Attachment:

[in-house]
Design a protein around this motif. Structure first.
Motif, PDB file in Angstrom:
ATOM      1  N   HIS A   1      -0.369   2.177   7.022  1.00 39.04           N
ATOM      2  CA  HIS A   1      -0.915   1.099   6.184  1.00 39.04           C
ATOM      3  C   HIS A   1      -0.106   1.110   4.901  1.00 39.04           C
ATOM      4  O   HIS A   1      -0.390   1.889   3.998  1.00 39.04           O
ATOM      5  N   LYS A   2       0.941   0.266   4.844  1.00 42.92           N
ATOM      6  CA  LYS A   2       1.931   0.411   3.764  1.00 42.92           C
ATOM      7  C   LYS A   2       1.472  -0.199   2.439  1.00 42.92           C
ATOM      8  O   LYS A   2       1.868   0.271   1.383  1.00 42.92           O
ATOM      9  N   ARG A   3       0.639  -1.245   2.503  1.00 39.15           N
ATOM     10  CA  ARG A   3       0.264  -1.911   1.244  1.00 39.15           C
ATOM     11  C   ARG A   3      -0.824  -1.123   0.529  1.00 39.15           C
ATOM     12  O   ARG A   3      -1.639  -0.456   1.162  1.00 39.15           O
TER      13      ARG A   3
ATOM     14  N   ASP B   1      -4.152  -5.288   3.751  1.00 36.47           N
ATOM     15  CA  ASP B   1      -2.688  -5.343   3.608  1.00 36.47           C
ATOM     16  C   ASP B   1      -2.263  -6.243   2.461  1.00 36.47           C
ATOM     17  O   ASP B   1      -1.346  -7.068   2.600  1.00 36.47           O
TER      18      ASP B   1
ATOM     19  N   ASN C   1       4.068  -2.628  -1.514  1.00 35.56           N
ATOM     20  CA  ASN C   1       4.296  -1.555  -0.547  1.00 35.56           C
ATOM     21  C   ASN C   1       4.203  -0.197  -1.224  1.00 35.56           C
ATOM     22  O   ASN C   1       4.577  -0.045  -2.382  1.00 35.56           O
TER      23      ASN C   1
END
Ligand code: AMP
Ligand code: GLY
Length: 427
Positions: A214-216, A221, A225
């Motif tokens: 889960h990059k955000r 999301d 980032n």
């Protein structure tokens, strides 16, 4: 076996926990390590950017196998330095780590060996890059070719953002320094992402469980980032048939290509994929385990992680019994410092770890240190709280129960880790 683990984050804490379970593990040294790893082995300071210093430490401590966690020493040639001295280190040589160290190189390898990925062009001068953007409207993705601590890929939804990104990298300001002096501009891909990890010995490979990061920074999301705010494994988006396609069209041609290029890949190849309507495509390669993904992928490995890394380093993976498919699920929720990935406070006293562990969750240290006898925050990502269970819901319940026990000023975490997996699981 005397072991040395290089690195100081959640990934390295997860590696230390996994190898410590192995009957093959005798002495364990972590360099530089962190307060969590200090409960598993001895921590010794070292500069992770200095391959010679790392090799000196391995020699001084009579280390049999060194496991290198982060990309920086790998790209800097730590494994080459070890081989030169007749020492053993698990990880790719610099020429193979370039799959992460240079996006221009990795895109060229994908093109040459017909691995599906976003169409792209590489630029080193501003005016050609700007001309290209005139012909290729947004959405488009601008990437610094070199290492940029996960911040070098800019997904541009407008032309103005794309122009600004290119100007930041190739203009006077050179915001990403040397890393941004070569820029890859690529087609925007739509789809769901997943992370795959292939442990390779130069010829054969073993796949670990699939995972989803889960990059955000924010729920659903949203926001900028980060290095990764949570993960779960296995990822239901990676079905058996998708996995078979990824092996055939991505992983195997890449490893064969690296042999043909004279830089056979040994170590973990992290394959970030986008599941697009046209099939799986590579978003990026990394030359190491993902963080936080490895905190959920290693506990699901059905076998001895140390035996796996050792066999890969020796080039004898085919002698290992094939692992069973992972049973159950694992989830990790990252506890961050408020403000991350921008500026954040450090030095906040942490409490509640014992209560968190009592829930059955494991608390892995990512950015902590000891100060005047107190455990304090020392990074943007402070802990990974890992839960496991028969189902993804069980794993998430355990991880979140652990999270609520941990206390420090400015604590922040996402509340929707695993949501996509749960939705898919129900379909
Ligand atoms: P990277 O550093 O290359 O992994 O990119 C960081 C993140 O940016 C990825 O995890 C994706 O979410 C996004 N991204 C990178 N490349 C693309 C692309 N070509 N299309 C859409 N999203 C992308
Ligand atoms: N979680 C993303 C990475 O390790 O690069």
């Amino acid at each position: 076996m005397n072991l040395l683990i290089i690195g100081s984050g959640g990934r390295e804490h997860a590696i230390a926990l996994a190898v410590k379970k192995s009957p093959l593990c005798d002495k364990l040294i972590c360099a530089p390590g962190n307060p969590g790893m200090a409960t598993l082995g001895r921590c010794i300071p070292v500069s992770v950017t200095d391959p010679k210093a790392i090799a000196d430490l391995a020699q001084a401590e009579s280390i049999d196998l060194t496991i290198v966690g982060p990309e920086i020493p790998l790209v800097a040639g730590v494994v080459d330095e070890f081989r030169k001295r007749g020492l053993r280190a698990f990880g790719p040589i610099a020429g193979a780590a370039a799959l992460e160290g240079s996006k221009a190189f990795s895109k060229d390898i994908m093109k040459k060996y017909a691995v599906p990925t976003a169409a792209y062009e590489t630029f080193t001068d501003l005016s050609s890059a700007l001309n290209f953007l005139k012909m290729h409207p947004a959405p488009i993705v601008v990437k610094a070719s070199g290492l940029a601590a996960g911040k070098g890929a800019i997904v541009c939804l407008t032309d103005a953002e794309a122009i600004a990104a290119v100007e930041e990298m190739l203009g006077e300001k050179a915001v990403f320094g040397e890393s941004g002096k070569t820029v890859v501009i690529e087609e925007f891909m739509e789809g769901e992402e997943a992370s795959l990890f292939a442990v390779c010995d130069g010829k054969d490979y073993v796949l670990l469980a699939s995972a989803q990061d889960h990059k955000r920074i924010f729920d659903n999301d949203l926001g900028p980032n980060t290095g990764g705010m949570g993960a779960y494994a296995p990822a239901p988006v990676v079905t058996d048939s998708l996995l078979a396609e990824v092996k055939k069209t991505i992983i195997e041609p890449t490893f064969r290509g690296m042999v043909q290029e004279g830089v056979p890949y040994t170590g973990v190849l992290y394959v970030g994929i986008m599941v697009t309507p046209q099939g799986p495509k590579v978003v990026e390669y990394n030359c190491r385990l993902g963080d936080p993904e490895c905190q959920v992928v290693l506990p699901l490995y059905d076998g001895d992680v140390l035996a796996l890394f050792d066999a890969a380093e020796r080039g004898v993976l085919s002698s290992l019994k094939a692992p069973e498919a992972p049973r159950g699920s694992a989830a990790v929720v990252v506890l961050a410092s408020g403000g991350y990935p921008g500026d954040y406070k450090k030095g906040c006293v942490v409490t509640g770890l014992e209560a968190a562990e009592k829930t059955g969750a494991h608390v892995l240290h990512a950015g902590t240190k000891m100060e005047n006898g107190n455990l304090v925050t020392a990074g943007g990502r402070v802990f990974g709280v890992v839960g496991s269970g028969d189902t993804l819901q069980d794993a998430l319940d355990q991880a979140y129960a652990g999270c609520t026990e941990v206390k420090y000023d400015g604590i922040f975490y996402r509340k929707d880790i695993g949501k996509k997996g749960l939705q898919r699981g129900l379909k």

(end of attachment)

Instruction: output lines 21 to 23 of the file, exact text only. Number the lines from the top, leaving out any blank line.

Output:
TER      18      ASP B   1
ATOM     19  N   ASN C   1       4.068  -2.628  -1.514  1.00 35.56           N
ATOM     20  CA  ASN C   1       4.296  -1.555  -0.547  1.00 35.56           C